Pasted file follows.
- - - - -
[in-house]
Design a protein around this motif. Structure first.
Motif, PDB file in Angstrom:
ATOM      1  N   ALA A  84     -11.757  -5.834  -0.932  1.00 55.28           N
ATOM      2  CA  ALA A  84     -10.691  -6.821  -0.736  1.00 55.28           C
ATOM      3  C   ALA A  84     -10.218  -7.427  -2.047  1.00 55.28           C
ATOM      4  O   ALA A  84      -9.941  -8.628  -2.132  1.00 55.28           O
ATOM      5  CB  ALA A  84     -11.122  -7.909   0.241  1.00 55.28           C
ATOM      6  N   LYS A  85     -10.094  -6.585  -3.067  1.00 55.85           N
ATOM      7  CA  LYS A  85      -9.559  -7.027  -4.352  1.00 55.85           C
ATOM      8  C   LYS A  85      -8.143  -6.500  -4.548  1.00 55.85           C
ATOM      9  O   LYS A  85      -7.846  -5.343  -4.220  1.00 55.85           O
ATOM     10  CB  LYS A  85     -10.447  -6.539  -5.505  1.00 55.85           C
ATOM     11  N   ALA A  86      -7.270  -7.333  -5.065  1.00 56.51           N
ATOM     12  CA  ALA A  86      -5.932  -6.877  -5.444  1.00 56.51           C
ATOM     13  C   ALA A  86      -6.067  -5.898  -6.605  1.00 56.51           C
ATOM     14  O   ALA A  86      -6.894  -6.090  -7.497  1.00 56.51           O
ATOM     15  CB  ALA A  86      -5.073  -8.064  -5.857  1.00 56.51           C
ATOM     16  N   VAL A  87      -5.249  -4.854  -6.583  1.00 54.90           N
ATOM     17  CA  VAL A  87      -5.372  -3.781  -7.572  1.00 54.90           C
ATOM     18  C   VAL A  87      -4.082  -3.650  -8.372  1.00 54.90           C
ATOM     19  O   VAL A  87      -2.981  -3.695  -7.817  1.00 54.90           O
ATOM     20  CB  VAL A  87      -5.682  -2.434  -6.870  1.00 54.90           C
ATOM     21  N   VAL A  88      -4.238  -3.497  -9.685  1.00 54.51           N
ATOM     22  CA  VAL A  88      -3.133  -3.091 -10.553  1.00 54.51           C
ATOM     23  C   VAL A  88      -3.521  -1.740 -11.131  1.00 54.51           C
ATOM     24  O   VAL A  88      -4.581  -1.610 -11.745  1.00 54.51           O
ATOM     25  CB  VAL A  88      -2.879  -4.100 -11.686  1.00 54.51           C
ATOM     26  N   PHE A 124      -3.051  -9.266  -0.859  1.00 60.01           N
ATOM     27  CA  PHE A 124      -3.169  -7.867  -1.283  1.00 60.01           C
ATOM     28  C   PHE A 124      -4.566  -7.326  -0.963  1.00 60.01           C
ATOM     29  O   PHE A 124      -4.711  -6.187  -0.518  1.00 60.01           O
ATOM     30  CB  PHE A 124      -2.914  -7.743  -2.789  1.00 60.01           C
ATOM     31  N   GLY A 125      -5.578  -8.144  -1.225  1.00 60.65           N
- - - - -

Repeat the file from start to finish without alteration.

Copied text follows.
[in-house]
Design a protein around this motif. Structure first.
Motif, PDB file in Angstrom:
ATOM      1  N   ALA A  84     -11.757  -5.834  -0.932  1.00 55.28           N
ATOM      2  CA  ALA A  84     -10.691  -6.821  -0.736  1.00 55.28           C
ATOM      3  C   ALA A  84     -10.218  -7.427  -2.047  1.00 55.28           C
ATOM      4  O   ALA A  84      -9.941  -8.628  -2.132  1.00 55.28           O
ATOM      5  CB  ALA A  84     -11.122  -7.909   0.241  1.00 55.28           C
ATOM      6  N   LYS A  85     -10.094  -6.585  -3.067  1.00 55.85           N
ATOM      7  CA  LYS A  85      -9.559  -7.027  -4.352  1.00 55.85           C
ATOM      8  C   LYS A  85      -8.143  -6.500  -4.548  1.00 55.85           C
ATOM      9  O   LYS A  85      -7.846  -5.343  -4.220  1.00 55.85           O
ATOM     10  CB  LYS A  85     -10.447  -6.539  -5.505  1.00 55.85           C
ATOM     11  N   ALA A  86      -7.270  -7.333  -5.065  1.00 56.51           N
ATOM     12  CA  ALA A  86      -5.932  -6.877  -5.444  1.00 56.51           C
ATOM     13  C   ALA A  86      -6.067  -5.898  -6.605  1.00 56.51           C
ATOM     14  O   ALA A  86      -6.894  -6.090  -7.497  1.00 56.51           O
ATOM     15  CB  ALA A  86      -5.073  -8.064  -5.857  1.00 56.51           C
ATOM     16  N   VAL A  87      -5.249  -4.854  -6.583  1.00 54.90           N
ATOM     17  CA  VAL A  87      -5.372  -3.781  -7.572  1.00 54.90           C
ATOM     18  C   VAL A  87      -4.082  -3.650  -8.372  1.00 54.90           C
ATOM     19  O   VAL A  87      -2.981  -3.695  -7.817  1.00 54.90           O
ATOM     20  CB  VAL A  87      -5.682  -2.434  -6.870  1.00 54.90           C
ATOM     21  N   VAL A  88      -4.238  -3.497  -9.685  1.00 54.51           N
ATOM     22  CA  VAL A  88      -3.133  -3.091 -10.553  1.00 54.51           C
ATOM     23  C   VAL A  88      -3.521  -1.740 -11.131  1.00 54.51           C
ATOM     24  O   VAL A  88      -4.581  -1.610 -11.745  1.00 54.51           O
ATOM     25  CB  VAL A  88      -2.879  -4.100 -11.686  1.00 54.51           C
ATOM     26  N   PHE A 124      -3.051  -9.266  -0.859  1.00 60.01           N
ATOM     27  CA  PHE A 124      -3.169  -7.867  -1.283  1.00 60.01           C
ATOM     28  C   PHE A 124      -4.566  -7.326  -0.963  1.00 60.01           C
ATOM     29  O   PHE A 124      -4.711  -6.187  -0.518  1.00 60.01           O
ATOM     30  CB  PHE A 124      -2.914  -7.743  -2.789  1.00 60.01           C
ATOM     31  N   GLY A 125      -5.578  -8.144  -1.225  1.00 60.65           N